Why should we remember? Because everything changed

Published 12:00am Wednesday, September 11, 2013

Today marks 12 years since the Sept. 11 terrorist attacks that claimed nearly 3,000 victims. And while there are no local events set to mark the event that changed national history, Star-News Facebook followers have definite views on why the day should be remembered.

“The horrors that happened that day, made us realize we are not invulnerable to the violence that rocks the rest of the world,” said Marsha Gomillion Phillips. “We learned we can be hurt, badly. But it also brought us together. We became stronger, less complacent and drew strength from each other. We all sat, literally with our jaws dropped, as we watched those planes and their aftermath on television. But, just like Americans always have, we took a deep breath, we did what we needed to do and moved on.

“But there is a quote that is so true and I paraphrase, ‘Those who do not learn from history are doomed to repeat it,’” she said. “I think keeping the memory of that day is our way of assuring it is not repeated.”

Angela Riley Lee agreed.

“The magnitude of Sept. 11 has caused our entire nation to understand that we are not always safe on our own soil,” Lee said. “We were ‘asleep,’ so to speak, in that we all felt untouchable, as if it couldn’t happen to us, even though we had terrorist activity on a much smaller level.

“Sept. 11 was such a huge attack, affecting each one of us – no one can deny how fragile our freedom is after living through such an attack,” she said. “Remembering those we lost, those blessed enough to live through it and the families and friends of all should mean so much to our people.”

Deborah Stokes said, “So many innocent people had no chance at all to protect themselves; so many lives were lost. We should never forget all that was lost that day.”

Phyllis Gray said the day should never be forgotten.

“We all need to remember those who had no choice, but died on American soil where they felt safe,” she said. “What a horrid sight for families of victims and all Americans to view. We should not forget this moment in history.”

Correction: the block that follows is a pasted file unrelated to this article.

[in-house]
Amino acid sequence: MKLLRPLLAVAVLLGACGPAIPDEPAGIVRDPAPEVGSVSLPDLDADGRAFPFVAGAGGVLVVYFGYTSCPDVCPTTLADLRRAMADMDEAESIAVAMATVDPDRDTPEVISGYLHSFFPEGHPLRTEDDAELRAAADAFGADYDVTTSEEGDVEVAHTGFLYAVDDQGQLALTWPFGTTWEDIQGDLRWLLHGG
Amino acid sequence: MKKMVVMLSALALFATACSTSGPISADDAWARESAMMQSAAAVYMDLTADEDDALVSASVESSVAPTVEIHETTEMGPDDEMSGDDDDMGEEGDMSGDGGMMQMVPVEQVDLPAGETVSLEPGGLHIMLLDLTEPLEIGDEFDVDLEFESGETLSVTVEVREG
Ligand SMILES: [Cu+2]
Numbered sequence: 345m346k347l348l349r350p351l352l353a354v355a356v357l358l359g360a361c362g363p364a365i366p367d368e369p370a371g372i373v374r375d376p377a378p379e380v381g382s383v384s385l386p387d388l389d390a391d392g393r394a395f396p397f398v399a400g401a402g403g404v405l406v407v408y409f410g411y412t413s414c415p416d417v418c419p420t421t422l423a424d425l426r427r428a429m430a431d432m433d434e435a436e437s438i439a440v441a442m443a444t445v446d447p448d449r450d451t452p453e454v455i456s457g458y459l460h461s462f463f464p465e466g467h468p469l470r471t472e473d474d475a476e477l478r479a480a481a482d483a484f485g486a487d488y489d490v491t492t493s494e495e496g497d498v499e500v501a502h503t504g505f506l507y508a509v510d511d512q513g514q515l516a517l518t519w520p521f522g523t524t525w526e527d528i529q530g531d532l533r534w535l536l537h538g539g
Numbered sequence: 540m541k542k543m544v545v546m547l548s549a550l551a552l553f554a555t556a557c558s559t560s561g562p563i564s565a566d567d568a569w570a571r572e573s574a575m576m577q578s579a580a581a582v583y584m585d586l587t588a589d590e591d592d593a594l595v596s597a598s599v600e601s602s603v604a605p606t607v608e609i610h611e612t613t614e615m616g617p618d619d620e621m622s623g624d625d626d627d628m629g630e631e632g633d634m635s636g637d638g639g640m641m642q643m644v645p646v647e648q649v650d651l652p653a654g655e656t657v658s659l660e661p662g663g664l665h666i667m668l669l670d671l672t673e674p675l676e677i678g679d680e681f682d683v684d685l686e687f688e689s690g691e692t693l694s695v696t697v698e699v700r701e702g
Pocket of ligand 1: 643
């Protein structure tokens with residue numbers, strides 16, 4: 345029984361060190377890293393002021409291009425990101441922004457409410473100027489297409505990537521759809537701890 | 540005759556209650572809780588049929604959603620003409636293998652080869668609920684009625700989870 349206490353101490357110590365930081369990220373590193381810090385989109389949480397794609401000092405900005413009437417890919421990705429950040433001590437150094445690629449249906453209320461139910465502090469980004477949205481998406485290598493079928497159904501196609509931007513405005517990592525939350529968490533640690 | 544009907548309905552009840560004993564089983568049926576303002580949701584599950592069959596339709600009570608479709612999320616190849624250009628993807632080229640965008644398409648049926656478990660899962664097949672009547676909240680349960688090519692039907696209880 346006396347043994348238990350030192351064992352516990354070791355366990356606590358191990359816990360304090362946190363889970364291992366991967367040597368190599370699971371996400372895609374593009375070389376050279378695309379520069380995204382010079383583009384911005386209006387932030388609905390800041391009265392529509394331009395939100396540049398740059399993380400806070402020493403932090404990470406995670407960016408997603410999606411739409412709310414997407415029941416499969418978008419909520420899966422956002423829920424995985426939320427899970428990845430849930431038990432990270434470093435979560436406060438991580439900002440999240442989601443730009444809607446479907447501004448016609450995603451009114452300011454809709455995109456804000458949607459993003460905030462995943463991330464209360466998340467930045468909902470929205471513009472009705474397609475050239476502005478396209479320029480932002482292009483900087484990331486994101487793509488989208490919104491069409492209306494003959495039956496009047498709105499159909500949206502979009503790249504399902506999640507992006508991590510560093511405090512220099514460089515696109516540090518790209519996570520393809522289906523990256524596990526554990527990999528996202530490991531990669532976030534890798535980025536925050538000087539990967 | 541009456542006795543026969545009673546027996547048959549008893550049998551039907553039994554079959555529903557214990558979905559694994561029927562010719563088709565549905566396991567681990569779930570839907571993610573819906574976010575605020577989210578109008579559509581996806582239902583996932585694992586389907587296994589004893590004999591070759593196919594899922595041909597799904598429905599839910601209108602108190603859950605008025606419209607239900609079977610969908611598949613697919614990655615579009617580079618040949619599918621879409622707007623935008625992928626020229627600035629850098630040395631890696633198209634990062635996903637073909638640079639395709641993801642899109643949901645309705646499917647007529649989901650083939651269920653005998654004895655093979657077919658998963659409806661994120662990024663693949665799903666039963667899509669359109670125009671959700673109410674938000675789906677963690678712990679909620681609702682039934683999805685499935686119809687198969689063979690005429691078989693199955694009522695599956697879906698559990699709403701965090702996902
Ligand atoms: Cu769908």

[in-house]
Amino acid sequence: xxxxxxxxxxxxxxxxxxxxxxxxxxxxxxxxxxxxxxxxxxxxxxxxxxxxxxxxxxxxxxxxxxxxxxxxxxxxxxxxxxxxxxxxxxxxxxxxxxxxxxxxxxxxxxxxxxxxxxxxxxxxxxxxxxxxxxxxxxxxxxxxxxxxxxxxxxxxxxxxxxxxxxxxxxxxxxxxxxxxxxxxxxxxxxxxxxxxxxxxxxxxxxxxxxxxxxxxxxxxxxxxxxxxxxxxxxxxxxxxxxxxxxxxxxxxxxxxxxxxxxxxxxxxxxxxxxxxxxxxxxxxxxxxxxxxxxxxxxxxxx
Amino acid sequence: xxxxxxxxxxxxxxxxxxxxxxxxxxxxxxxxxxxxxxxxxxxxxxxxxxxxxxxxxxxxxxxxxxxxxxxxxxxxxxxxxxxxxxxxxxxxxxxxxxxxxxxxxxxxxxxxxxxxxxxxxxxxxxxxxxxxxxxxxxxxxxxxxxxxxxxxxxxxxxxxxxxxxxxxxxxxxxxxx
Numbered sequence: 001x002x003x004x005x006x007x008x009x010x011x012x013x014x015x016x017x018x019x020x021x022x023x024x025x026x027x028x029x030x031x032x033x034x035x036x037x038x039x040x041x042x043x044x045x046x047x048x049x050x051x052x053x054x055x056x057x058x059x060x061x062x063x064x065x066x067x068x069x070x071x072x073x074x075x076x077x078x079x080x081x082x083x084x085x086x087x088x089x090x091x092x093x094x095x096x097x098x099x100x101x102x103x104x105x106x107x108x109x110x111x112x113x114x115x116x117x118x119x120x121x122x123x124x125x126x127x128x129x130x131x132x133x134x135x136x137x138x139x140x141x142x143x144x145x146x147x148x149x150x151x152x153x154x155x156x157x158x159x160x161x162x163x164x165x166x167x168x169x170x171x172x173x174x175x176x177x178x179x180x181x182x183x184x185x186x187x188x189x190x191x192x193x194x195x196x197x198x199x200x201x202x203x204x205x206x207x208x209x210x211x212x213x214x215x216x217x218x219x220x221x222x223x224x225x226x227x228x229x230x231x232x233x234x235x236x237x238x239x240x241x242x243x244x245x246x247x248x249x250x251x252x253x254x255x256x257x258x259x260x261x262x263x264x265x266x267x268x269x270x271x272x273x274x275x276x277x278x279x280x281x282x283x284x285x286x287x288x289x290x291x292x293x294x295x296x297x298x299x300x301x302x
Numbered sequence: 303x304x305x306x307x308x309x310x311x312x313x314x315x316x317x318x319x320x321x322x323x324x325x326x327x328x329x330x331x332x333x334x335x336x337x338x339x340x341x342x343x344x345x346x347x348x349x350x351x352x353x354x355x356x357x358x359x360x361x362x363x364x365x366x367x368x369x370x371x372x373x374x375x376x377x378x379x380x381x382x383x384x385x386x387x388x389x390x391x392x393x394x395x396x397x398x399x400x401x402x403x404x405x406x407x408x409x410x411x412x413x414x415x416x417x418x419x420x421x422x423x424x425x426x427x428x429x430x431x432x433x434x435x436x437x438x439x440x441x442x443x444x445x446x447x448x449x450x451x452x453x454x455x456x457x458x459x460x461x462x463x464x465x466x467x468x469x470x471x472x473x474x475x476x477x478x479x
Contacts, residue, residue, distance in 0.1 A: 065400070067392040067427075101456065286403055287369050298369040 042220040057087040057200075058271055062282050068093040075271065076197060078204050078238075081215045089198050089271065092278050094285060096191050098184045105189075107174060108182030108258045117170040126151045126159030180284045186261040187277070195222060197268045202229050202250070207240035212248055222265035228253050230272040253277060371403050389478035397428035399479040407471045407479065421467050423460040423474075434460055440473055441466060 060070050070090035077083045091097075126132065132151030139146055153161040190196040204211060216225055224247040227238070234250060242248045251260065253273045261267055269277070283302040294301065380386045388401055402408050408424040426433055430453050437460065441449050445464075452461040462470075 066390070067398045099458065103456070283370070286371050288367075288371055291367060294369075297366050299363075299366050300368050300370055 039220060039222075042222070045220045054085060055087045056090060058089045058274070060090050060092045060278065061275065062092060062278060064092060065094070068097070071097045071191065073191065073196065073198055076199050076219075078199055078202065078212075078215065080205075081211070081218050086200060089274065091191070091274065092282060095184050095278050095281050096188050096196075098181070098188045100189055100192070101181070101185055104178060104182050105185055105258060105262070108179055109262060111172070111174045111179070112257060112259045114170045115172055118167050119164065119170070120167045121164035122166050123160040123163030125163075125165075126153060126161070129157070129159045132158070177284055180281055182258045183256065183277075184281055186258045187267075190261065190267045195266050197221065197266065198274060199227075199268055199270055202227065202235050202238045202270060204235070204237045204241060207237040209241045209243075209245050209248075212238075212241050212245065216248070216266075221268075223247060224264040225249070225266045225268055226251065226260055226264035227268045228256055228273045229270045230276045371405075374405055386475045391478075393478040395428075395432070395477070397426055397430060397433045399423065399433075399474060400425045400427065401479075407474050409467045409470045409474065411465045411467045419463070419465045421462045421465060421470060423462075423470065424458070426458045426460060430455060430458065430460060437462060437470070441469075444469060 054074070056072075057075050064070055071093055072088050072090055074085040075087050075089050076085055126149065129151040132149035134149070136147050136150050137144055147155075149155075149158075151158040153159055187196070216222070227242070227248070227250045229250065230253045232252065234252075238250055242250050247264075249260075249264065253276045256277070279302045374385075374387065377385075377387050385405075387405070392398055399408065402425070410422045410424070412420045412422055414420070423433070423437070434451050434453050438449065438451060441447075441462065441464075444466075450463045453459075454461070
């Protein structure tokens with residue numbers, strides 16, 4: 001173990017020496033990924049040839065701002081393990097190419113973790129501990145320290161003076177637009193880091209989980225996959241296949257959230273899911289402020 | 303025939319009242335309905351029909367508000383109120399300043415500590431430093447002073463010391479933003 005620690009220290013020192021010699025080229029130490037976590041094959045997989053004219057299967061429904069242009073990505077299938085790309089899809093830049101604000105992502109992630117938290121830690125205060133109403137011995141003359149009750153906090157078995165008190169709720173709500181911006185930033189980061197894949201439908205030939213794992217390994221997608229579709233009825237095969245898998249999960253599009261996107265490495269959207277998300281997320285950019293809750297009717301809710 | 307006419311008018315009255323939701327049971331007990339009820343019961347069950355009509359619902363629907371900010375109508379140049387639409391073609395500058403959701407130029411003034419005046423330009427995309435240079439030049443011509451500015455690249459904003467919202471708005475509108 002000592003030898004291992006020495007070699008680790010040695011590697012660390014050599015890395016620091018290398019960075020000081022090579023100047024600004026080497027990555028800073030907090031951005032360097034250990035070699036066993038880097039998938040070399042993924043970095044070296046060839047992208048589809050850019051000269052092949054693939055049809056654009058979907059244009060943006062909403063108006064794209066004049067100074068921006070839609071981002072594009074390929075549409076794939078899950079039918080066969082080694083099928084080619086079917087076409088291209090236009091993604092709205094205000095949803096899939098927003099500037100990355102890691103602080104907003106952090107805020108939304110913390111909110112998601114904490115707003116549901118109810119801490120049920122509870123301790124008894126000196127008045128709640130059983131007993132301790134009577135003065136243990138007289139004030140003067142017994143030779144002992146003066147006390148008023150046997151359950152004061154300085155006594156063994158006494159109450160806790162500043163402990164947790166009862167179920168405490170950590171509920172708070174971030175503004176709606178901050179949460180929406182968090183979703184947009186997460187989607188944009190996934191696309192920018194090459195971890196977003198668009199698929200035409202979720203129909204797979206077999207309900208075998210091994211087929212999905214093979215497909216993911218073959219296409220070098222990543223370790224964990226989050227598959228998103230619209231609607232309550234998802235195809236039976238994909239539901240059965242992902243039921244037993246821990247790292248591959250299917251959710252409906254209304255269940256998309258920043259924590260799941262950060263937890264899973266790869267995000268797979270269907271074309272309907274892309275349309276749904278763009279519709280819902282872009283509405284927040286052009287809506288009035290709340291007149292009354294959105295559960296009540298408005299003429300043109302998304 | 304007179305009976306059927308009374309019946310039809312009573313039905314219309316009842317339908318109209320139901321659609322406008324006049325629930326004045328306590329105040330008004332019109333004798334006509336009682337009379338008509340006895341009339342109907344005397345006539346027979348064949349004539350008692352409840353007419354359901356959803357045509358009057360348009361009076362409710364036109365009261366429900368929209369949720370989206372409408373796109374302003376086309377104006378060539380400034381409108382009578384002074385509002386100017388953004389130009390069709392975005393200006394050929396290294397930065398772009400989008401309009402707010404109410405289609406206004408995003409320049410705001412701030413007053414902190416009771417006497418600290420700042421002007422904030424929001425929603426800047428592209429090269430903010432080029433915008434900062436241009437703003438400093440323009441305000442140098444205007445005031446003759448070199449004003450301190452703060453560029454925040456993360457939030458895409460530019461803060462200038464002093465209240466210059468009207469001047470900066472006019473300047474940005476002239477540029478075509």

Louise Hall Nazario said the day should be remembered not only for those who died, but also for those who worked tireless to save lives and those who fight to protect America’s freedom.

“The lives that were lost not only from the initial attack, but also the brave men and women that worked around the clock to try and rescue the survivors, we should remember,” she said. “And also to our service men and women that have gone to bat for us all in the wake of the attack and are still on the front lines protecting this great country and her people, we should remember.”

Jean Walker believes America should prepare itself for future events.

“I have an uneasy feeling about what may happen (today) considering what we have as leaders this time,” she said. “Remember it was a year ago we lost lives in Bengazi and nothing has been done to rectify that.”

Ron Adams said it is a day that will be with him forever.

“I watched the second tower as it was hit by the plane,” he said. “The building looked almost like it swallowed the plane. I was cut to the gut knowing innocent lives had just been destroyed. We must always remember the tragedy that struck our nation. It will be with me forever.”

 

 

 

  • wsquared

    I was at camp red cloud in south korea on sept 11 2011. I will never forget the ssg that knocked on my door crying. He was a veteran soldier as was I by that point and I could not have ever imagined him being so upset. I was soon to get my own shock. It was 54 hours after that before I was able to rest and those days I will never forget. It was a nation wide wake up call, both rude and unwelcome.

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